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1. Highlight Your Communication Skills

High school students have to deal with teachers, parents, fellow students and sometimes even coworkers over the phone and in person. Soft skills are increasingly important to employers, and even if you don’t meet every qualification they’re looking for, knowing how to build relationships, convey trust and have a positive, upbeat attitude goes a long way. For many entry-level positions, knowing how to talk to customers and answer any questions regarding products or services is a key task. While a high school resume is a direct reflection of your writing and communication skills, it’s important to include a list of what these skills are. This includes experience sending emails, speaking in public, phone skills and times you’ve spent working with or mentoring other students.

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2. Use Strong Verbs

If you’re applying for a job right out of — or while you’re still in — high school, you have to make up for lack of experience with a very high-quality resume, and the words you use are important. Focus on high-impact action words, such as administered, conducted, delegated, formulated and performed, whenever possible, and try to pair them with specific scenarios that are relevant to the position you’re seeking. For example, if you’re applying for a server position in a restaurant, being able to multitask, handle a fast-paced environment and maintain a professional demeanor when dealing with less-than-happy customers is important.

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3. Put Your Education to Work

As a high school student, your main job up until now has been to go to school and perform well there. So, much of your resume may need to reference classes you’ve taken, groups and clubs you’ve been in or projects you’ve organized. Think of your high school years as an internship and try to find specifics to communicate to a potential employer. If you’ve led a study group or club, there are organizational and leadership skills you can call out. If you’ve taken advanced classes, you can talk about ambition and being able to perform above expectations. While it can seem like the skills and experiences you’ve gained during high school may not fit the jobs you’re looking for — particularly if they are asking for experience in the industry — being able to lead people, handle a variety of tasks and have an open mind when it comes to learning new things can help get your resume at the top of the pile.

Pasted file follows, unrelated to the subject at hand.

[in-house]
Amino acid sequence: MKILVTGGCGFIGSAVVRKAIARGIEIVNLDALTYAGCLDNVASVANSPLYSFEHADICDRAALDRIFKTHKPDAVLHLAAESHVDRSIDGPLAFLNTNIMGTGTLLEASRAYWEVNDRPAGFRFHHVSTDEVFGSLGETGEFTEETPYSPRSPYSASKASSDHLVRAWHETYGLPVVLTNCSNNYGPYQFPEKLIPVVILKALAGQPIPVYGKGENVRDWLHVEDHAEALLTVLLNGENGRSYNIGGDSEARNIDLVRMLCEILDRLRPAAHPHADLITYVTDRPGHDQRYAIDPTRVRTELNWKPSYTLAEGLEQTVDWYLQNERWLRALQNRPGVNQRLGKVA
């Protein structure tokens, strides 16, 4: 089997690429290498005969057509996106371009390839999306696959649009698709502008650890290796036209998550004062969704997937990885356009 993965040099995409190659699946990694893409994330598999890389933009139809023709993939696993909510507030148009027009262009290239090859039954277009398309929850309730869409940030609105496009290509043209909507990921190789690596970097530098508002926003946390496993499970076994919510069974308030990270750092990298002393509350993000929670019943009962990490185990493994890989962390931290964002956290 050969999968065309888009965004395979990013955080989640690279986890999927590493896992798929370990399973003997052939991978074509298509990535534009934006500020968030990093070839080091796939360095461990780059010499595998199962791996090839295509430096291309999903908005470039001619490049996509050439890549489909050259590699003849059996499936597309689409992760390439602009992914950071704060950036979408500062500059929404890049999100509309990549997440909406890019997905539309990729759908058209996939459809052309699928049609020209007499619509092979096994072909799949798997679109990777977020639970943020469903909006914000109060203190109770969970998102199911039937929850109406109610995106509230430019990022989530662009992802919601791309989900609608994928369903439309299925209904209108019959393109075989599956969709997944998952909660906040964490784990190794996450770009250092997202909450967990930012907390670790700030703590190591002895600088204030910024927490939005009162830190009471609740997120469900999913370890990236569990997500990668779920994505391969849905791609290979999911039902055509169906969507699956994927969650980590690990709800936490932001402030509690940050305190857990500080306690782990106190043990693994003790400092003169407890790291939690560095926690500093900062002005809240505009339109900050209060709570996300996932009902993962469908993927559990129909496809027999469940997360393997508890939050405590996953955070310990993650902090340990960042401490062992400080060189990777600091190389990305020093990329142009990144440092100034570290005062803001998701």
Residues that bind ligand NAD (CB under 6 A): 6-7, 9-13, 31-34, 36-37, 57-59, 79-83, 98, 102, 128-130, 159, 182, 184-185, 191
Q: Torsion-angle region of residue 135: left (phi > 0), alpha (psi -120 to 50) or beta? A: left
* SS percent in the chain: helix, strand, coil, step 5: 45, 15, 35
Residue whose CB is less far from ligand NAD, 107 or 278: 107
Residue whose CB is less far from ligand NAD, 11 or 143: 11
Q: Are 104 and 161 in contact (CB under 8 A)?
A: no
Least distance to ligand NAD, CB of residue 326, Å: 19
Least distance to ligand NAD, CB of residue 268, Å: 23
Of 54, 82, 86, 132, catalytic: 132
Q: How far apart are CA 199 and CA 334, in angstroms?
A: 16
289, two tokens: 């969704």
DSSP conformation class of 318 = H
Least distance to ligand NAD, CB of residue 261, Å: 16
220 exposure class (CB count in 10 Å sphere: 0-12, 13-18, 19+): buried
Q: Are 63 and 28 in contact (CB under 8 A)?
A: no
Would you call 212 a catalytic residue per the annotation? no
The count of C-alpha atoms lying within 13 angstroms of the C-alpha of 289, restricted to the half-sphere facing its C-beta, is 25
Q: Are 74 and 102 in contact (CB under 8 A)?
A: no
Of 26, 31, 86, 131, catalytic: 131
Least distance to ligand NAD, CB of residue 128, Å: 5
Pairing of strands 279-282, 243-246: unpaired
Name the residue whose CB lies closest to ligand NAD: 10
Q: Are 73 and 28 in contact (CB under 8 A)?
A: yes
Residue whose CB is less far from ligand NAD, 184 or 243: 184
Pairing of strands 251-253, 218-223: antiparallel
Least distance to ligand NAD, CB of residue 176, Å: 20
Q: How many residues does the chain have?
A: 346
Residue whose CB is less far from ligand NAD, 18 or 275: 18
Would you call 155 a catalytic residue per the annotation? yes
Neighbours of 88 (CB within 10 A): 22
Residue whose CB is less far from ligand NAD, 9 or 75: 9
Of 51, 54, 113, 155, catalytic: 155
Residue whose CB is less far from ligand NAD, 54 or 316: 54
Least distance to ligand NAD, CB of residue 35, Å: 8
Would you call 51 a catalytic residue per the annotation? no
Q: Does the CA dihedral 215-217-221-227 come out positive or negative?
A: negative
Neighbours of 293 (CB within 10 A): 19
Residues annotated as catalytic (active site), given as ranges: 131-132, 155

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4. Show Off Your Organizational Abilities

Juggling the academic and extracurricular activities of high school requires a lot of organization, planning and time management — all desirable skills for a future employer. Include terms and keywords related to these aspects, such as created, deadlines, delegation, managing, appointments, record keeping, priorities and critical. A well-written resume is the first clue of your organizational abilities, so pay close attention to details to avoid making careless mistakes. Employers may screen for these types of keywords, so include them in past job descriptions and in your career objective statement. It’s also a great idea to talk about any specific experience you have with technology or software, as being a digital native can be a major selling point on your resume.